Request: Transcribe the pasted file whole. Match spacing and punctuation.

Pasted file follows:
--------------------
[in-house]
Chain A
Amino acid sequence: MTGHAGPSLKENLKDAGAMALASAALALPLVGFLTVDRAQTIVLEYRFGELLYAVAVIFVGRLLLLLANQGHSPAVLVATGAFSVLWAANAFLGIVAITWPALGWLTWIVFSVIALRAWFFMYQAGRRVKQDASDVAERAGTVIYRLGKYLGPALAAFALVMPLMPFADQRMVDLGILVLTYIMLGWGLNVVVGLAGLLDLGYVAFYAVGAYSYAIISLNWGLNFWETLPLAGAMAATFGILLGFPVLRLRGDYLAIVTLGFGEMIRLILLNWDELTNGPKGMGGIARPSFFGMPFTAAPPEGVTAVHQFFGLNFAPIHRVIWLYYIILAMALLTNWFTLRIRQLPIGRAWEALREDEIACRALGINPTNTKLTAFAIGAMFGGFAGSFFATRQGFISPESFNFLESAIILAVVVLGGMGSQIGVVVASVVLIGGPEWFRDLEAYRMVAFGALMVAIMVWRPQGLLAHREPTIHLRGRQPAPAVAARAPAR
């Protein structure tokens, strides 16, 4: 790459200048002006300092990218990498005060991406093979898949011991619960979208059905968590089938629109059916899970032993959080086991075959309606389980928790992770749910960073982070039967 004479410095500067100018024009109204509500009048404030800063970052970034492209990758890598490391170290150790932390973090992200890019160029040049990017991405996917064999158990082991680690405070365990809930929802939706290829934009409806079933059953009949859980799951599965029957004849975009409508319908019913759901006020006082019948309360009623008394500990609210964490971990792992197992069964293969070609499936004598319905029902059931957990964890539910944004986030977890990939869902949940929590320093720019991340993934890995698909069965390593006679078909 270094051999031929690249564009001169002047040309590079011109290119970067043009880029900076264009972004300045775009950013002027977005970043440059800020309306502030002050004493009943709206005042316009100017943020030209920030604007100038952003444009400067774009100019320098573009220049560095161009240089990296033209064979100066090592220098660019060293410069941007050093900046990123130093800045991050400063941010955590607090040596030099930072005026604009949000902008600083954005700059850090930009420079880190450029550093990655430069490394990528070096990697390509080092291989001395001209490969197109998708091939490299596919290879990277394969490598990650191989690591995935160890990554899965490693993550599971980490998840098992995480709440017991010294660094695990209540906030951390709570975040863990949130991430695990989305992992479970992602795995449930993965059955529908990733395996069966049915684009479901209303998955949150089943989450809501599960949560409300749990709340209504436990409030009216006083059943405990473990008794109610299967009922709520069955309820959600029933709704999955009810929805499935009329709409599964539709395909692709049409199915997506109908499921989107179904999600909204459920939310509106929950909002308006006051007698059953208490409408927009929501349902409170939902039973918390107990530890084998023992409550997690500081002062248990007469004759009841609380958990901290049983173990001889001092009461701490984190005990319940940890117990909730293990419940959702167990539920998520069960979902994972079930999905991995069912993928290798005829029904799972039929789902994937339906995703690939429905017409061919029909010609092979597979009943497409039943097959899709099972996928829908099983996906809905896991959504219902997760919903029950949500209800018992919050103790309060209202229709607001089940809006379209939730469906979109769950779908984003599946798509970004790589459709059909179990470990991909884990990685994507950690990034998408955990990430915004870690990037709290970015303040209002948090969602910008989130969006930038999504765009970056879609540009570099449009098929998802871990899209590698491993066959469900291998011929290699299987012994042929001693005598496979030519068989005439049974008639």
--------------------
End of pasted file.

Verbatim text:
[in-house]
Chain A
Amino acid sequence: MTGHAGPSLKENLKDAGAMALASAALALPLVGFLTVDRAQTIVLEYRFGELLYAVAVIFVGRLLLLLANQGHSPAVLVATGAFSVLWAANAFLGIVAITWPALGWLTWIVFSVIALRAWFFMYQAGRRVKQDASDVAERAGTVIYRLGKYLGPALAAFALVMPLMPFADQRMVDLGILVLTYIMLGWGLNVVVGLAGLLDLGYVAFYAVGAYSYAIISLNWGLNFWETLPLAGAMAATFGILLGFPVLRLRGDYLAIVTLGFGEMIRLILLNWDELTNGPKGMGGIARPSFFGMPFTAAPPEGVTAVHQFFGLNFAPIHRVIWLYYIILAMALLTNWFTLRIRQLPIGRAWEALREDEIACRALGINPTNTKLTAFAIGAMFGGFAGSFFATRQGFISPESFNFLESAIILAVVVLGGMGSQIGVVVASVVLIGGPEWFRDLEAYRMVAFGALMVAIMVWRPQGLLAHREPTIHLRGRQPAPAVAARAPAR
């Protein structure tokens, strides 16, 4: 790459200048002006300092990218990498005060991406093979898949011991619960979208059905968590089938629109059916899970032993959080086991075959309606389980928790992770749910960073982070039967 004479410095500067100018024009109204509500009048404030800063970052970034492209990758890598490391170290150790932390973090992200890019160029040049990017991405996917064999158990082991680690405070365990809930929802939706290829934009409806079933059953009949859980799951599965029957004849975009409508319908019913759901006020006082019948309360009623008394500990609210964490971990792992197992069964293969070609499936004598319905029902059931957990964890539910944004986030977890990939869902949940929590320093720019991340993934890995698909069965390593006679078909 270094051999031929690249564009001169002047040309590079011109290119970067043009880029900076264009972004300045775009950013002027977005970043440059800020309306502030002050004493009943709206005042316009100017943020030209920030604007100038952003444009400067774009100019320098573009220049560095161009240089990296033209064979100066090592220098660019060293410069941007050093900046990123130093800045991050400063941010955590607090040596030099930072005026604009949000902008600083954005700059850090930009420079880190450029550093990655430069490394990528070096990697390509080092291989001395001209490969197109998708091939490299596919290879990277394969490598990650191989690591995935160890990554899965490693993550599971980490998840098992995480709440017991010294660094695990209540906030951390709570975040863990949130991430695990989305992992479970992602795995449930993965059955529908990733395996069966049915684009479901209303998955949150089943989450809501599960949560409300749990709340209504436990409030009216006083059943405990473990008794109610299967009922709520069955309820959600029933709704999955009810929805499935009329709409599964539709395909692709049409199915997506109908499921989107179904999600909204459920939310509106929950909002308006006051007698059953208490409408927009929501349902409170939902039973918390107990530890084998023992409550997690500081002062248990007469004759009841609380958990901290049983173990001889001092009461701490984190005990319940940890117990909730293990419940959702167990539920998520069960979902994972079930999905991995069912993928290798005829029904799972039929789902994937339906995703690939429905017409061919029909010609092979597979009943497409039943097959899709099972996928829908099983996906809905896991959504219902997760919903029950949500209800018992919050103790309060209202229709607001089940809006379209939730469906979109769950779908984003599946798509970004790589459709059909179990470990991909884990990685994507950690990034998408955990990430915004870690990037709290970015303040209002948090969602910008989130969006930038999504765009970056879609540009570099449009098929998802871990899209590698491993066959469900291998011929290699299987012994042929001693005598496979030519068989005439049974008639």